Merry Christmas or Happy Whatever Holiday You May Be Celebrating 🙂

Peace Corps year 2


The prayer calls this morning in Tamba were beautiful, despite coming at 5am and all at once. I’m nostalgic-in-advance for waking up before dawn on the roof of the Tamba house, warm under a blanket, listening to five competing versions of “ALLAAAAAHU AK-BAR!” echo across town. It’s one of those Senegal Moments, like biking back to the village at sunset, that encapsulates the romance of Peace Corps for me.

My sept-place ride today, on the other hand, was something other than romantic. I was stuck in the middle of the way-back seat while the car raced over the newly “repaired” road to Dakar. And while we made good time to Kaolack because we didn’t have to swerve constantly to avoid massive craters in the road, my nose itched the entire way because of the vibrations from going over a grid of asphalt patches with a distinctly lacking suspension.

Then, the good time was squandered in Kaolack when we stopped for an hour so mechanics could take one of the wheels off then put it back on—using three out of four bolts, even. All was not lost since I bought a giant slice of watermelon for the equivilant of 5 cents and ate it while waiting on the side of the road. Watermelon is one of the foods that I would have turned down or picked out of my meal back home that I voraciously devour here, what with fruit being a rare treat and onions being the primary vegetable in village food.

After eight hours on the road we made it to Dakar, which is still big and stressful, but much less so now that I have an American home away from home to stay at. A thousand blessings upon the head of every ex-pat who takes in dirty, smelly Peace Corps volunteers and gives them a clean bed to sleep in, good food to eat, and a precious reminder of home.

I’m in Dakar to meet my parents, who are currently en route for their first visit to Africa. We’ll do some tourist stuff—Goree, the bird park in Djoudj, St. Louis—then head to my village for a few days before celebrating Christmas in Tamba.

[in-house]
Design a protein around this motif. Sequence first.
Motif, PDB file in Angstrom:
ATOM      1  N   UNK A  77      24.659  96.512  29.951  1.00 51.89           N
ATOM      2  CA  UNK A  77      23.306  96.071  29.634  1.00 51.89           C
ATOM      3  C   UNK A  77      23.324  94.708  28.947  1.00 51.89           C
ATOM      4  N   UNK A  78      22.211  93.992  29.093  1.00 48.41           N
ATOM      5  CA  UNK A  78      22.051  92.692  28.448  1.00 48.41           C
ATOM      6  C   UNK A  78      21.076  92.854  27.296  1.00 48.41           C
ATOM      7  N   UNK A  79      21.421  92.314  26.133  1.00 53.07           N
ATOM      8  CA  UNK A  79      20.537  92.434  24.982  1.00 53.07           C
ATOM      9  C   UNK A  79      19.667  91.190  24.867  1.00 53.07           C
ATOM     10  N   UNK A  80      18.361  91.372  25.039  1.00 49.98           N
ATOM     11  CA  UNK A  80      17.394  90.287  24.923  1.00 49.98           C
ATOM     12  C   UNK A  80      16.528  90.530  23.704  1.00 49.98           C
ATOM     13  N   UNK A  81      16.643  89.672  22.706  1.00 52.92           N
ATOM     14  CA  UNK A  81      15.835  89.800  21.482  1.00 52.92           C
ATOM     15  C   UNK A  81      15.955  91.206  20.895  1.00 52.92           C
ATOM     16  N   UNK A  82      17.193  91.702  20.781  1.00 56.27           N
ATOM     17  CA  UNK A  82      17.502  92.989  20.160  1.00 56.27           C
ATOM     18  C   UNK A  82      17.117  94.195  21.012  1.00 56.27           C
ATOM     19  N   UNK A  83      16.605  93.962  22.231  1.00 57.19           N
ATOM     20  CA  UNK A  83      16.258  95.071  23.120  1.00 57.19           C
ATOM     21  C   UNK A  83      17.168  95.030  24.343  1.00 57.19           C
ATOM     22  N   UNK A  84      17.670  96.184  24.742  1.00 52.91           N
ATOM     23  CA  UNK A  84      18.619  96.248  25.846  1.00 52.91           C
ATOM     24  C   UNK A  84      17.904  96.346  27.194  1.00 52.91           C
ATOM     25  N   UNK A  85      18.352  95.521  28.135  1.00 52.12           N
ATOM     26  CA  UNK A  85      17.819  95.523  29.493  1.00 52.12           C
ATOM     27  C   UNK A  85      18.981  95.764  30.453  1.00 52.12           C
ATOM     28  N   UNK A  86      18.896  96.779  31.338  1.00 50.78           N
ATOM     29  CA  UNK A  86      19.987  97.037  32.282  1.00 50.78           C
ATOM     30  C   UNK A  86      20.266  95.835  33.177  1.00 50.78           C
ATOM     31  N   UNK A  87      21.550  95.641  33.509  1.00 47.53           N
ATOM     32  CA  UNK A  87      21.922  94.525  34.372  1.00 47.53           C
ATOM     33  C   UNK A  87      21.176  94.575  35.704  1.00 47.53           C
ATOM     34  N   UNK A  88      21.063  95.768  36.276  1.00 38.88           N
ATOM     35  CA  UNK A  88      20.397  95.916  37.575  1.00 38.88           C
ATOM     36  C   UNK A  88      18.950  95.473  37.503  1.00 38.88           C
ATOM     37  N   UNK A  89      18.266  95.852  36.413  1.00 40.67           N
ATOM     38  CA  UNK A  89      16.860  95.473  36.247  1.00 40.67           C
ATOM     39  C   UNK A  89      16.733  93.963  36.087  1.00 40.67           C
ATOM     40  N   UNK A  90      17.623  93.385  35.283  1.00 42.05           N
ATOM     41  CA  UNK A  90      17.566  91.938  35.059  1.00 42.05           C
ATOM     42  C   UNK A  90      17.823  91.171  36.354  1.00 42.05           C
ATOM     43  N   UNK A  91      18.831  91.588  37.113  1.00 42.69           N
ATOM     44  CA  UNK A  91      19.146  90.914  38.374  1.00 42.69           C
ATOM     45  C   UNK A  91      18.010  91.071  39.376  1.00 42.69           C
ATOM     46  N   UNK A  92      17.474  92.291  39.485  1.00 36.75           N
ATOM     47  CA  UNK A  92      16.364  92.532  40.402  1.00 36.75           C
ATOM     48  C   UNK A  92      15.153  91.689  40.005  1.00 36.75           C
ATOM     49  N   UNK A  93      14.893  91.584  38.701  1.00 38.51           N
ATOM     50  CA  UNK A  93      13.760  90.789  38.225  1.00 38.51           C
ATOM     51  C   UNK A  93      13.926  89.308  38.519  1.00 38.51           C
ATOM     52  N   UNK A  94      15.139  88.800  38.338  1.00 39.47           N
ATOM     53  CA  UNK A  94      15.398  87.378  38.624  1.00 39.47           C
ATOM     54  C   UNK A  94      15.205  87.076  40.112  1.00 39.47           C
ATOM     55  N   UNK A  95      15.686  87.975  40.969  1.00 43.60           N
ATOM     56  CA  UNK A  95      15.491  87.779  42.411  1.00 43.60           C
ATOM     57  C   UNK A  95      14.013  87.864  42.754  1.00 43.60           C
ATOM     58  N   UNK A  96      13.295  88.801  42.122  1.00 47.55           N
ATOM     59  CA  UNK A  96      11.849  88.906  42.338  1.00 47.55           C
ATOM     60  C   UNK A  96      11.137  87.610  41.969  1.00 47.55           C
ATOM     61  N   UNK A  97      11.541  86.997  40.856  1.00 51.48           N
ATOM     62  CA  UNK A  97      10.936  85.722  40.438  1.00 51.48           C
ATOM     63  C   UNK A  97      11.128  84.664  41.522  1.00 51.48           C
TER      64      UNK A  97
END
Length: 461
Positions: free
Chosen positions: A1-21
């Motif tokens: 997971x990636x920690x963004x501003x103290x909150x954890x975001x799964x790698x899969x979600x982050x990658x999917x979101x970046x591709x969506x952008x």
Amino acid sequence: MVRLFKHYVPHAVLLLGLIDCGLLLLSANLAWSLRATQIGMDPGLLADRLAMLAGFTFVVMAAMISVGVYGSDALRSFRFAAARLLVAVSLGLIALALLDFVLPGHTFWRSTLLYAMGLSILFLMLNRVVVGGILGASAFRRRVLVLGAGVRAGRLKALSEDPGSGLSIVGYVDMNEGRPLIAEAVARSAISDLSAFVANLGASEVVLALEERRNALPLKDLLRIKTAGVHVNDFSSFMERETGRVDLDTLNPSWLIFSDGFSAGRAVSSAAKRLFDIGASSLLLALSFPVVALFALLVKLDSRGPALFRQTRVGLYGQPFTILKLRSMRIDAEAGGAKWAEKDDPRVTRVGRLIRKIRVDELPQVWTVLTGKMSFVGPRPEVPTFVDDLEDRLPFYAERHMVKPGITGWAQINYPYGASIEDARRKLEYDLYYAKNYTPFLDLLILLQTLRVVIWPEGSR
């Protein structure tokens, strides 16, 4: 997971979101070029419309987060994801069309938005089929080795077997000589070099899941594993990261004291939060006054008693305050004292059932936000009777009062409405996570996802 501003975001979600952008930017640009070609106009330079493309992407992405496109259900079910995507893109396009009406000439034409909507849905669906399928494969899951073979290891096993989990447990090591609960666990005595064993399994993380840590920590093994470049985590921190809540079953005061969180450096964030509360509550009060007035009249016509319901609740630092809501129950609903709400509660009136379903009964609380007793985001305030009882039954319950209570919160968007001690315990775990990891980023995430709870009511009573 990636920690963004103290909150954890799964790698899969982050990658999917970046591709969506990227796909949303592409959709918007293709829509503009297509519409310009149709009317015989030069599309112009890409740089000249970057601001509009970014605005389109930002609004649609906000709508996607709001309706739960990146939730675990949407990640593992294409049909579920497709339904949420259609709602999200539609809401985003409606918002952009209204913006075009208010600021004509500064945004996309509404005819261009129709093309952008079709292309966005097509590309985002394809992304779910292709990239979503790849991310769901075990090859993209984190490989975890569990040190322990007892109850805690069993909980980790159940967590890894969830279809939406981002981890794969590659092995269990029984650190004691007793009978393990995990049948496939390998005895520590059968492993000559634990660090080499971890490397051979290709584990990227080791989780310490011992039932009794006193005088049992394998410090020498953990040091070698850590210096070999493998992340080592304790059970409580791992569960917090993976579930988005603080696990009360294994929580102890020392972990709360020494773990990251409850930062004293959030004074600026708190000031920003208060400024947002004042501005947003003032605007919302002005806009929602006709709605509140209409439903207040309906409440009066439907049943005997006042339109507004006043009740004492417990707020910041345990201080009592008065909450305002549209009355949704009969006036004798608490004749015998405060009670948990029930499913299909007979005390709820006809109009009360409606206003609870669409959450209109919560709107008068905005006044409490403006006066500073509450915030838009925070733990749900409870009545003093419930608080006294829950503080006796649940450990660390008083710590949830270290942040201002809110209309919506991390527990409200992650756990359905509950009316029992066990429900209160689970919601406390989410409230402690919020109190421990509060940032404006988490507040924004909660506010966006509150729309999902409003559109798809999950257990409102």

Peace Corps year 2

home sweet hut

hut from outside

hut from outside

(More hut and month 13 photos are up.)

Peace Corps year 2

she's crafty

I’ve been involved in a few projects lately—painting the tourist center in Molly’s village and windows + other fun in my hut.

Here’s Molly white-washing. She did two sides of the building and a whole lotta wall. Two coats.

Molly painting

My masterpiece, still in-process:

my wall

Then Josh, Tom, and Rachel came out to help me knock holes in my hut for windows.

Here’s Josh and Tom starting on the hole for the big window:

first swings

We were pretty sure the whole thing was going to come down with the first hit, but luckily it didn’t. There’s a pretty great sequence of videos of the process of cutting and pushing out chunks of wall.

Best tool of the day: a bike chain, used like a saw to cut lines through the walls. Brilliant!

Best find of the day: two earrings, encased in one of the mud bricks of the wall. I only wish I knew why.

Most disgusting sight of the day: earwigs, streaming out of a hollow roof pole I’d cut the end off of. Hundreds of them, like in a horror movie about an insect invasion. It was truly gross. And even grosser to know that there are more up there, living in other poles.

Josh finished up the window frame the next day, then made me a nice little front step.

So I decided to repaint as well—thing is, the only paint I could buy by the gallon was school bus yellow and a gloss finish. My walls are now… bright. Veeeery bright. And shiny.

yellow walls

I’m now making a screen door to keep out large unwanteds. (The bugs will just go through the cracks around the door, the gap between the walls and roof, or the wide-open back door… but the sheep? The sheep will be foiled!) More pictures to come as work progresses.

I didn’t do all of this stuff last year because of the supposed second batiment that was going to be built where my hut currently is. Since it’s clear that’s not going to happen this coming dry season, either, I figured now was the time. It’s kinda nice to make improvements now—makes my hut seem new and exciting for my second year. Plus it’ll look good for my parents’ visit ; )

Peace Corps year 1

index, year 1

Minimum number of buckets floating at the bottom of my village well, as of November: 6

Maximum number of pounds lost by a male volunteer from my stage: 60